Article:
Many legal experts say the U.S. Supreme Court would overturn any such provision. Many southern states relied on similar arguments concerning the right of states to nullify federal actions in the lead-up to the Civil War.
However, all three candidates said the defiance of federal authority remains the only way to maintain individual freedoms and protect state’s rights.
“As the ‘governed,’ it’s important that we continue to have a country we love,” said Barton. “We need to maintain our rights and our country, because a lot of people are taking it away from us,” said Barton. “This country was not created because of a war against another country — we were created because we separated from a king who was a terrorist.
Thorpe, who led off with a plug for his book “Reclaimed Liberty,” decried the “bribes and coercion” through which the federal government has imposed its policies on the states, from educational reform programs to the provisions of the Clean Air Act.
“If the federal government wants to take over the health care system, I say they can do it, but they have to go through the constitutional amendment process. If the government wants to control education, they could create a constitutional amendment to do it,” he said.
As an example of federal tyranny, he cited the U.S. Forest Service’s decision to not renew the 50-year lease for a mobile home park on the shores of Roosevelt Lake used mostly by weekenders.
Thorpe also objected to the 17th Amendment to the Constitution that made the U.S. Senate directly elected by the voters of each state rather than appointed by the Legislature.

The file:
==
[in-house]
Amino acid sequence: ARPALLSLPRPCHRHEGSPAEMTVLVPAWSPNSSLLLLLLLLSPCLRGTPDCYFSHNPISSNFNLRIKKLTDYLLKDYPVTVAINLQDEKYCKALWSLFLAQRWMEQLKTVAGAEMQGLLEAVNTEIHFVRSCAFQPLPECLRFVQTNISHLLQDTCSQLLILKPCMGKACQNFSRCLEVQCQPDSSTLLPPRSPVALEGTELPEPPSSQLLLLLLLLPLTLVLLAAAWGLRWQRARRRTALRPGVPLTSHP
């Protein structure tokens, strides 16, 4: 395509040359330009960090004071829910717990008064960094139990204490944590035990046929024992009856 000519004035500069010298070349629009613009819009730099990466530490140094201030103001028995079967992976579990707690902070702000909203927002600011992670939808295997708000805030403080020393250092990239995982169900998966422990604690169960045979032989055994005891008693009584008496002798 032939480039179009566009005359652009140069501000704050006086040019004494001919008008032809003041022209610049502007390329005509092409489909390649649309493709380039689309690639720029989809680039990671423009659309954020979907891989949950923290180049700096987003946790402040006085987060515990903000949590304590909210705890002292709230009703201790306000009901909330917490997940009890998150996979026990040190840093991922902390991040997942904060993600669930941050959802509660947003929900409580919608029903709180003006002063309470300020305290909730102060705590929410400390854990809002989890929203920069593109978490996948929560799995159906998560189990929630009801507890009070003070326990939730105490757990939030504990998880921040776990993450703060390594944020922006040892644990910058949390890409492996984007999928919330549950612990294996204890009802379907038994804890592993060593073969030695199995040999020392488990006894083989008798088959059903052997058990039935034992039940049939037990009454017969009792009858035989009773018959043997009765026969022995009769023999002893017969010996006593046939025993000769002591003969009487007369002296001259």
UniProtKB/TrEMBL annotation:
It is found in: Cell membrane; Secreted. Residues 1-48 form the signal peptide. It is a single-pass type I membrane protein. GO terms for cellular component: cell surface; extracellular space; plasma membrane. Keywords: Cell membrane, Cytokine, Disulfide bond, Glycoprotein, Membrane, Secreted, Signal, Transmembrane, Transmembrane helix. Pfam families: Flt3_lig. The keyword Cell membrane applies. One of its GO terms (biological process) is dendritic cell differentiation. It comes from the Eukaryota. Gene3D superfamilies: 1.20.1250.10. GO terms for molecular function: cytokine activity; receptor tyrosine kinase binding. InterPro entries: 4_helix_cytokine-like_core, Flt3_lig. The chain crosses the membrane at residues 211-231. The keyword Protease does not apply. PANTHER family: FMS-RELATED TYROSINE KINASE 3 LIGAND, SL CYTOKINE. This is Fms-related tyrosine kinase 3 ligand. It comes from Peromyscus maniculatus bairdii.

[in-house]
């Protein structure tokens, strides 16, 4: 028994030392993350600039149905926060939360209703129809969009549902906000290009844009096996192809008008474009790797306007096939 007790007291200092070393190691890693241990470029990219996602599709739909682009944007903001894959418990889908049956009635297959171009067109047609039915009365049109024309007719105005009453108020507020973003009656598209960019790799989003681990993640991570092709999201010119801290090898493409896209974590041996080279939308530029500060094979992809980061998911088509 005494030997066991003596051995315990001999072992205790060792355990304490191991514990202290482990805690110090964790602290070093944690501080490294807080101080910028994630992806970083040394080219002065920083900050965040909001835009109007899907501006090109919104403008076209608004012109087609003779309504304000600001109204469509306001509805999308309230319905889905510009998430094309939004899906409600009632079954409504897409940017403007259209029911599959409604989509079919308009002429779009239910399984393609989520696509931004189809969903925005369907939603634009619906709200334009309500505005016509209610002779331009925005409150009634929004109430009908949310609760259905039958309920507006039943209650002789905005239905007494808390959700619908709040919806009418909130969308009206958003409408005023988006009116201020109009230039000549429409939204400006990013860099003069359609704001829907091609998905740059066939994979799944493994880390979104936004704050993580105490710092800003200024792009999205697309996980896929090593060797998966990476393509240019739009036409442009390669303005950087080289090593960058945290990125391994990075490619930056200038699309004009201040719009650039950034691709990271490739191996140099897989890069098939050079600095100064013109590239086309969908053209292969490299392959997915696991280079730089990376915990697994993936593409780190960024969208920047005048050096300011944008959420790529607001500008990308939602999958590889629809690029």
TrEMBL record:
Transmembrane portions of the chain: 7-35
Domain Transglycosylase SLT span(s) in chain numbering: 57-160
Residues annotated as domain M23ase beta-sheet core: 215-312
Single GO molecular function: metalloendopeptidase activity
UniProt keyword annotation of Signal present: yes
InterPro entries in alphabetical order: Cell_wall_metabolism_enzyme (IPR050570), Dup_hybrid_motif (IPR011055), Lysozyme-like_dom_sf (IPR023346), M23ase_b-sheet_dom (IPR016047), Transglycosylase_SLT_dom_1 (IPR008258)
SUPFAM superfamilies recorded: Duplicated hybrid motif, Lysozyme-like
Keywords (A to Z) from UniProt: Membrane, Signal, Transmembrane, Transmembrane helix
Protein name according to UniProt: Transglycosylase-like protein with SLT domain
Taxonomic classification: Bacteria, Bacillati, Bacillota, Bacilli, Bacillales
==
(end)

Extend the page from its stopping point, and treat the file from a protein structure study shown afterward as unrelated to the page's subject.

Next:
“The Founders didn’t want the election of senators — the Senate was elected by the states to represent the states,” said Thorpe.
Each state gets two U.S. senators, so the 34 million residents of California have the same clout in the Senate as the 568,000 residents of Wyoming. Moreover, the Senate has interpreted its own rules in recent years to require a 60 percent majority to enact most major laws.
Thorpe said a constitutional convention convened by the states could repeal the direct election of senators and perhaps revoke the power of the federal government to borrow money to finance a budget deficit.
“It’s time the states reminded the federal government it was the states that created the federal government — federalism is a relationship between the states and the central government. The Founders were afraid of democracy and a powerful federal government — and that’s exactly what we have today.”
Crandell also insisted the state Legislature must take over management of federal lands. He said the state could then reduce the fire danger in the forests by authorizing the large-scale return of logging and grazing.
“We have a tremendous amount of public resources that are just wasted, totally wasted. If we used those resources, then we wouldn’t have to raise taxes,” said Crandell. “If you don’t use it — you’re going to lose it.”
Studies by researchers from Northern Arizona University and elsewhere have concluded that overgrazing followed by fire suppression turned a fire-resistant, old-growth forest into a tree-choked tinderbox in the past century. Lawsuits by conservation groups coupled with the shortage of remaining big trees in recent decades has all but shut down logging in much of Arizona. The U.S. Forest Service recently awarded a new, large-scale logging contract intended to thin the forest dramatically, make commercial use of the abundance of small trees and restore fire to its natural, less destructive role in the system. However, that approach will take decades to cover the millions of acres that have become choked with trees and which now face critical danger from devastating crown fires.